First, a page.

Health Innovation Manchester hosts students on placement from Manchester Metropolitan University

Manchester Metropolitan University

Last year, Health Innovation Manchester (HInM) hosted four students who were on placement from Manchester Metropolitan University. The students each brought a diverse range of experience to the organisation and spent time with our Research & Education, Patient & Public Involvement and Engagement, Insight & Intelligence, and Industry/Commercial teams. Here, we reflect on the experience, what we learned, and why placements can be valuable for both students and employers alike.

With over 100,000 students at our Greater Manchester universities, we live and work in an area with a hugely talented and diverse student body. Alongside their studies, many students have skills, specialist knowledge, and an interest in applying this in a professional setting while studying.

Last year, the Research & Education team began exploring the potential of hosting students across the organisation from Manchester Metropolitan University (MMU). It soon became clear that there was the potential for a truly symbiotic relationship, understanding that for the initiative to be successful, everyone (students, colleagues, HInM, and MMU) must benefit from the experience.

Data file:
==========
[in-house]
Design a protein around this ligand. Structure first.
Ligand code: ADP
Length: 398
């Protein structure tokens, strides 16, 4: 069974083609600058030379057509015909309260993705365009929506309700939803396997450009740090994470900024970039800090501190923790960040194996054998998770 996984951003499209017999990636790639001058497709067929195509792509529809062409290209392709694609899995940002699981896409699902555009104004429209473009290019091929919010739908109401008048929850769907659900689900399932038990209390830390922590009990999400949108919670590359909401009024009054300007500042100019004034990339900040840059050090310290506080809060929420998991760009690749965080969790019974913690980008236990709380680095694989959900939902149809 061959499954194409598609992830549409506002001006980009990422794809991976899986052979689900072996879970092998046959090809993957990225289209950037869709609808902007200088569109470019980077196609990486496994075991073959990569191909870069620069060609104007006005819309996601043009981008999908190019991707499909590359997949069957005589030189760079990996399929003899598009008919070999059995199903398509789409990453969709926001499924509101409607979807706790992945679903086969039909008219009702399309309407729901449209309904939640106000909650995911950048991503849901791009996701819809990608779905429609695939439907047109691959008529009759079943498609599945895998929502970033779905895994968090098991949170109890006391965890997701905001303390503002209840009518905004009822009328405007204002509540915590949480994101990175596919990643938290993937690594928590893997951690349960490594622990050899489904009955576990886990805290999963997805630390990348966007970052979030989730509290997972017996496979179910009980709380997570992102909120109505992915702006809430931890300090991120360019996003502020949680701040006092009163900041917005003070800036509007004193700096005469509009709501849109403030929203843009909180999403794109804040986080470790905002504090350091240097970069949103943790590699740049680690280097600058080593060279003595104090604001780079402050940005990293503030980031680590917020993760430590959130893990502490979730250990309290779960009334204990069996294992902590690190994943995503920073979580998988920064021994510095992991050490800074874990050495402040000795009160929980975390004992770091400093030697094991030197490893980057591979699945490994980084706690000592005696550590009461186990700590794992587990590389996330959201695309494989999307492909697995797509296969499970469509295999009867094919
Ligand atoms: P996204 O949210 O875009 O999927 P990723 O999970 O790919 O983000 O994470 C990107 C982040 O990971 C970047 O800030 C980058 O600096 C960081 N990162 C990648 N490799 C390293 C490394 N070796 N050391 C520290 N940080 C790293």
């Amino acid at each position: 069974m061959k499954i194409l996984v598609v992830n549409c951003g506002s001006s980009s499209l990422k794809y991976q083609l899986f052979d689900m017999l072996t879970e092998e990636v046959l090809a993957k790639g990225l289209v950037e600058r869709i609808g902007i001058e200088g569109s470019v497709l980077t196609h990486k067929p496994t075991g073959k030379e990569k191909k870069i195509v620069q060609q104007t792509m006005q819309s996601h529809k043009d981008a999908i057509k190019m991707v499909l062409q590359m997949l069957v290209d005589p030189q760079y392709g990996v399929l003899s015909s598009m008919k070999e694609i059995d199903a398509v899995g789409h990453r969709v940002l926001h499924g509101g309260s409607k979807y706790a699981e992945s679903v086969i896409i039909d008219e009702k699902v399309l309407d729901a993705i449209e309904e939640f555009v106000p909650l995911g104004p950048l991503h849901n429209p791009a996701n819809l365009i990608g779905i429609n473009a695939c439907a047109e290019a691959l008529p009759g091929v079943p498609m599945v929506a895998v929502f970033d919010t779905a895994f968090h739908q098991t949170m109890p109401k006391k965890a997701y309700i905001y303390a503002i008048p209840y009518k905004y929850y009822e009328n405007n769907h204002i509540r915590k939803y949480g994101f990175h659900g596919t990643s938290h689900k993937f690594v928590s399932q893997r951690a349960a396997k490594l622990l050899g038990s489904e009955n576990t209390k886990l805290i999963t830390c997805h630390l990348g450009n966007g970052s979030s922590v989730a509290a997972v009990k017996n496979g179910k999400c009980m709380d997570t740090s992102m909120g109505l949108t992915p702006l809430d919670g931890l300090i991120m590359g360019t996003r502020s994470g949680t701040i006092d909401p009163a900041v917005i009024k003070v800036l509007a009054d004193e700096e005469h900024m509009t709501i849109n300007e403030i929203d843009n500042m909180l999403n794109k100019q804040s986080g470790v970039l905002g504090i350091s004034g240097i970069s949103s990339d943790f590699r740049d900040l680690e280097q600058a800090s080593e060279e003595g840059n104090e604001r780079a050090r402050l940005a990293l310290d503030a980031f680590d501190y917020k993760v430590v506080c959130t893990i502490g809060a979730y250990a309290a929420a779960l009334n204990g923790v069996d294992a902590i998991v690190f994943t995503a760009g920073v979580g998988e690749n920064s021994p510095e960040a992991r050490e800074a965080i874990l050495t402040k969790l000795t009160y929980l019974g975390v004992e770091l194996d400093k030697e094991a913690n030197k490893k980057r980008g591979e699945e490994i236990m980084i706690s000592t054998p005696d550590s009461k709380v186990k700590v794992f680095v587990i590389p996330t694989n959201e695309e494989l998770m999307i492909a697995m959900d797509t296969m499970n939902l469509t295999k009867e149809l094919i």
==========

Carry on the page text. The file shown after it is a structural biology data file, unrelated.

Young female student looking through job offers on board

Setting up the schemes

Following interest across four teams, we agreed to pilot two schemes, hosting two students from each:

  1. A RISE internship, a 70-hour programme providing more students with the opportunity to undertake work experience, designed to be relevant to their field of study, future ambitions, and allow them to gain accreditation for taking part as part of their degree, and;
  2. A work-based learning programme, to provide students studying BSc (Hons) Psychology, and other disciplines, with the opportunity to develop their employability skills whilst gaining experience within a workplace over 7 days (1 day a week).

We then laid the foundations for the placements to ensure that any students were successfully onboarded and had a positive experience. This was no mean feat, and as these schemes were new to HInM, involved a fair amount of effort and coordination. This included pulling together expressions of interest from colleagues, working with MMU to advertise the opportunity, reviewing applications and informally ‘interviewing’ candidates.

Once we had an idea of who would be joining us, we then worked with our Human Resources and Information Governance teams to ensure we had agreements in place, generated email addresses, produced induction materials and registered the placements with Manchester University NHS Foundation Trust (MFT)

When the students joined us, we worked with them to produce schedules and objectives and ensured that they were all successfully onboarded. We would like to extend a huge thank you to all colleagues who supported this process.

What we learned

Nicky Timmis, Public and Patient Involvement and Engagement Manager, took part in both work experience schemes and shared her thoughts on the experience below

The seed of this idea originally came from a freelance community development worker, supporting us to reach/ engage with marginalised groups regarding the Greater Manchester Care Record (GMCR)